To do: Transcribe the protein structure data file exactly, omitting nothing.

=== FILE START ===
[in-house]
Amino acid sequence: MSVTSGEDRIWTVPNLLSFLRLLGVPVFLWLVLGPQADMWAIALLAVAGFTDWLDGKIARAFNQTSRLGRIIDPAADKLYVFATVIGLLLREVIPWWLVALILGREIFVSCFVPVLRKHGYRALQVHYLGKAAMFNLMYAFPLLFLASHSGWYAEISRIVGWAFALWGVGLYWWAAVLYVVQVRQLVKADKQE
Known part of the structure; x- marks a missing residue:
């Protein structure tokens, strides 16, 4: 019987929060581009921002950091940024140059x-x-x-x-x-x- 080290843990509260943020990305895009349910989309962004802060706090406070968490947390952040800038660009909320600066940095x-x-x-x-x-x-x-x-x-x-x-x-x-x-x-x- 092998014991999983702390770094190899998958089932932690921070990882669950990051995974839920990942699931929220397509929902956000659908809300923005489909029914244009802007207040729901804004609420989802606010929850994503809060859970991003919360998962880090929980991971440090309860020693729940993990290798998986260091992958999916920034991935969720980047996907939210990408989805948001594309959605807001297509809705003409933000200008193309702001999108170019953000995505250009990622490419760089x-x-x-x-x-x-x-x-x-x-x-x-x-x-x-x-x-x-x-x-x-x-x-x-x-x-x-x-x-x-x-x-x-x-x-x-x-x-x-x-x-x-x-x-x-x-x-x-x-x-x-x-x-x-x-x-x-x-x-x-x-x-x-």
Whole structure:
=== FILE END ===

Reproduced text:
[in-house]
Amino acid sequence: MSVTSGEDRIWTVPNLLSFLRLLGVPVFLWLVLGPQADMWAIALLAVAGFTDWLDGKIARAFNQTSRLGRIIDPAADKLYVFATVIGLLLREVIPWWLVALILGREIFVSCFVPVLRKHGYRALQVHYLGKAAMFNLMYAFPLLFLASHSGWYAEISRIVGWAFALWGVGLYWWAAVLYVVQVRQLVKADKQE
Known part of the structure; x- marks a missing residue:
């Protein structure tokens, strides 16, 4: 019987929060581009921002950091940024140059x-x-x-x-x-x- 080290843990509260943020990305895009349910989309962004802060706090406070968490947390952040800038660009909320600066940095x-x-x-x-x-x-x-x-x-x-x-x-x-x-x-x- 092998014991999983702390770094190899998958089932932690921070990882669950990051995974839920990942699931929220397509929902956000659908809300923005489909029914244009802007207040729901804004609420989802606010929850994503809060859970991003919360998962880090929980991971440090309860020693729940993990290798998986260091992958999916920034991935969720980047996907939210990408989805948001594309959605807001297509809705003409933000200008193309702001999108170019953000995505250009990622490419760089x-x-x-x-x-x-x-x-x-x-x-x-x-x-x-x-x-x-x-x-x-x-x-x-x-x-x-x-x-x-x-x-x-x-x-x-x-x-x-x-x-x-x-x-x-x-x-x-x-x-x-x-x-x-x-x-x-x-x-x-x-x-x-």
Whole structure: